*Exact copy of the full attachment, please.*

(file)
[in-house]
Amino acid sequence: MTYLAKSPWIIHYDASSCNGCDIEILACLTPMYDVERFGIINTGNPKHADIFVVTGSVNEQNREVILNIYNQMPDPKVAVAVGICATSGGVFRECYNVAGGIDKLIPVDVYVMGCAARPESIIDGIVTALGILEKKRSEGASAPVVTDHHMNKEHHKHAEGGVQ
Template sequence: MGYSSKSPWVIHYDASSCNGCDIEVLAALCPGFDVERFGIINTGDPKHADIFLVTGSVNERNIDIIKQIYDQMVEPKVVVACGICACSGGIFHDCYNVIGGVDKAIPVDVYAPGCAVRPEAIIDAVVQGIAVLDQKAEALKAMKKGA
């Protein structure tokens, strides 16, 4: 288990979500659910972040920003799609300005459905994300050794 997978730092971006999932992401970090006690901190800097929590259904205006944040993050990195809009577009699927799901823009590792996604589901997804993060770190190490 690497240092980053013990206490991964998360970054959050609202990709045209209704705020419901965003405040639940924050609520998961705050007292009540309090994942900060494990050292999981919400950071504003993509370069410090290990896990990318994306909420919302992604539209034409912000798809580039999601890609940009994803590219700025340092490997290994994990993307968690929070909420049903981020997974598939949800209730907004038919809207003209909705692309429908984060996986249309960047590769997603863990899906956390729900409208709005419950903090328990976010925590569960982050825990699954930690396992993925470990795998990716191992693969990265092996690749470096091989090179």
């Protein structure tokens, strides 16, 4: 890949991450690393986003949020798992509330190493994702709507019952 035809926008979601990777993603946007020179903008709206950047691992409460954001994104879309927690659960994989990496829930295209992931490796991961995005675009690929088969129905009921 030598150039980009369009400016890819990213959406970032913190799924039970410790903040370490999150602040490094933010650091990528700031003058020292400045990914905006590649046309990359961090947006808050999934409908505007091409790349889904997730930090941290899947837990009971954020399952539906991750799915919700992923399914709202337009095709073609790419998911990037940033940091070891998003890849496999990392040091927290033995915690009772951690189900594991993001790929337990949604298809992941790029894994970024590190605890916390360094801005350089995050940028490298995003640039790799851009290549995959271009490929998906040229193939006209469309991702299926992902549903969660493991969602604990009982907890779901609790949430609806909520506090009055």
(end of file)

[in-house]
Amino acid sequence: MTYLAKSPWIIHYDASSCNGCDIEILACLTPMYDVERFGIINTGNPKHADIFVVTGSVNEQNREVILNIYNQMPDPKVAVAVGICATSGGVFRECYNVAGGIDKLIPVDVYVMGCAARPESIIDGIVTALGILEKKRSEGASAPVVTDHHMNKEHHKHAEGGVQ
Template sequence: MGYSSKSPWVIHYDASSCNGCDIEVLAALCPGFDVERFGIINTGDPKHADIFLVTGSVNERNIDIIKQIYDQMVEPKVVVACGICACSGGIFHDCYNVIGGVDKAIPVDVYAPGCAVRPEAIIDAVVQGIAVLDQKAEALKAMKKGA
């Protein structure tokens, strides 16, 4: 288990979500659910972040920003799609300005459905994300050794 997978730092971006999932992401970090006690901190800097929590259904205006944040993050990195809009577009699927799901823009590792996604589901997804993060770190190490 690497240092980053013990206490991964998360970054959050609202990709045209209704705020419901965003405040639940924050609520998961705050007292009540309090994942900060494990050292999981919400950071504003993509370069410090290990896990990318994306909420919302992604539209034409912000798809580039999601890609940009994803590219700025340092490997290994994990993307968690929070909420049903981020997974598939949800209730907004038919809207003209909705692309429908984060996986249309960047590769997603863990899906956390729900409208709005419950903090328990976010925590569960982050825990699954930690396992993925470990795998990716191992693969990265092996690749470096091989090179």
């Protein structure tokens, strides 16, 4: 890949991450690393986003949020798992509330190493994702709507019952 035809926008979601990777993603946007020179903008709206950047691992409460954001994104879309927690659960994989990496829930295209992931490796991961995005675009690929088969129905009921 030598150039980009369009400016890819990213959406970032913190799924039970410790903040370490999150602040490094933010650091990528700031003058020292400045990914905006590649046309990359961090947006808050999934409908505007091409790349889904997730930090941290899947837990009971954020399952539906991750799915919700992923399914709202337009095709073609790419998911990037940033940091070891998003890849496999990392040091927290033995915690009772951690189900594991993001790929337990949604298809992941790029894994970024590190605890916390360094801005350089995050940028490298995003640039790799851009290549995959271009490929998906040229193939006209469309991702299926992902549903969660493991969602604990009982907890779901609790949430609806909520506090009055």